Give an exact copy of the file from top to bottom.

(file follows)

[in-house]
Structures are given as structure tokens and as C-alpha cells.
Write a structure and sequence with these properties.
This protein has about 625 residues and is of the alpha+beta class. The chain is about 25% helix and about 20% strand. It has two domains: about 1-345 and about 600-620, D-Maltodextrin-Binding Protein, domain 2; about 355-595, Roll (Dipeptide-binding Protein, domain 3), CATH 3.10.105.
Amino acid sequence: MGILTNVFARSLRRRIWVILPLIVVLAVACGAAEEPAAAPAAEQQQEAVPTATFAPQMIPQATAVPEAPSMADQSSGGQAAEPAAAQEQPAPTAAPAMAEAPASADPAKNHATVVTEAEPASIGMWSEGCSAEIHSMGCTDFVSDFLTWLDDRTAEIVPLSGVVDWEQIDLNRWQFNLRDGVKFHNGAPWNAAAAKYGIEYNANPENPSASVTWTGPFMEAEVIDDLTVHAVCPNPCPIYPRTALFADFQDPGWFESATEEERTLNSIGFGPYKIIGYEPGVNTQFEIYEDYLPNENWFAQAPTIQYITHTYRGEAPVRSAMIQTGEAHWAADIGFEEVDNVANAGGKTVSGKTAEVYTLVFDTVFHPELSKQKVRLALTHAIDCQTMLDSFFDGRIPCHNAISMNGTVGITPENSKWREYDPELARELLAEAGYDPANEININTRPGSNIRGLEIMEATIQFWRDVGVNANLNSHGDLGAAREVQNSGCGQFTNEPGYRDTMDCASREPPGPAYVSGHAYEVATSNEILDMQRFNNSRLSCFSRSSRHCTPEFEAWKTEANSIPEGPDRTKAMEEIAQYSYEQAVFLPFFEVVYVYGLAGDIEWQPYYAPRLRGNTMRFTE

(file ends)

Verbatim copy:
[in-house]
Structures are given as structure tokens and as C-alpha cells.
Write a structure and sequence with these properties.
This protein has about 625 residues and is of the alpha+beta class. The chain is about 25% helix and about 20% strand. It has two domains: about 1-345 and about 600-620, D-Maltodextrin-Binding Protein, domain 2; about 355-595, Roll (Dipeptide-binding Protein, domain 3), CATH 3.10.105.
Amino acid sequence: MGILTNVFARSLRRRIWVILPLIVVLAVACGAAEEPAAAPAAEQQQEAVPTATFAPQMIPQATAVPEAPSMADQSSGGQAAEPAAAQEQPAPTAAPAMAEAPASADPAKNHATVVTEAEPASIGMWSEGCSAEIHSMGCTDFVSDFLTWLDDRTAEIVPLSGVVDWEQIDLNRWQFNLRDGVKFHNGAPWNAAAAKYGIEYNANPENPSASVTWTGPFMEAEVIDDLTVHAVCPNPCPIYPRTALFADFQDPGWFESATEEERTLNSIGFGPYKIIGYEPGVNTQFEIYEDYLPNENWFAQAPTIQYITHTYRGEAPVRSAMIQTGEAHWAADIGFEEVDNVANAGGKTVSGKTAEVYTLVFDTVFHPELSKQKVRLALTHAIDCQTMLDSFFDGRIPCHNAISMNGTVGITPENSKWREYDPELARELLAEAGYDPANEININTRPGSNIRGLEIMEATIQFWRDVGVNANLNSHGDLGAAREVQNSGCGQFTNEPGYRDTMDCASREPPGPAYVSGHAYEVATSNEILDMQRFNNSRLSCFSRSSRHCTPEFEAWKTEANSIPEGPDRTKAMEEIAQYSYEQAVFLPFFEVVYVYGLAGDIEWQPYYAPRLRGNTMRFTE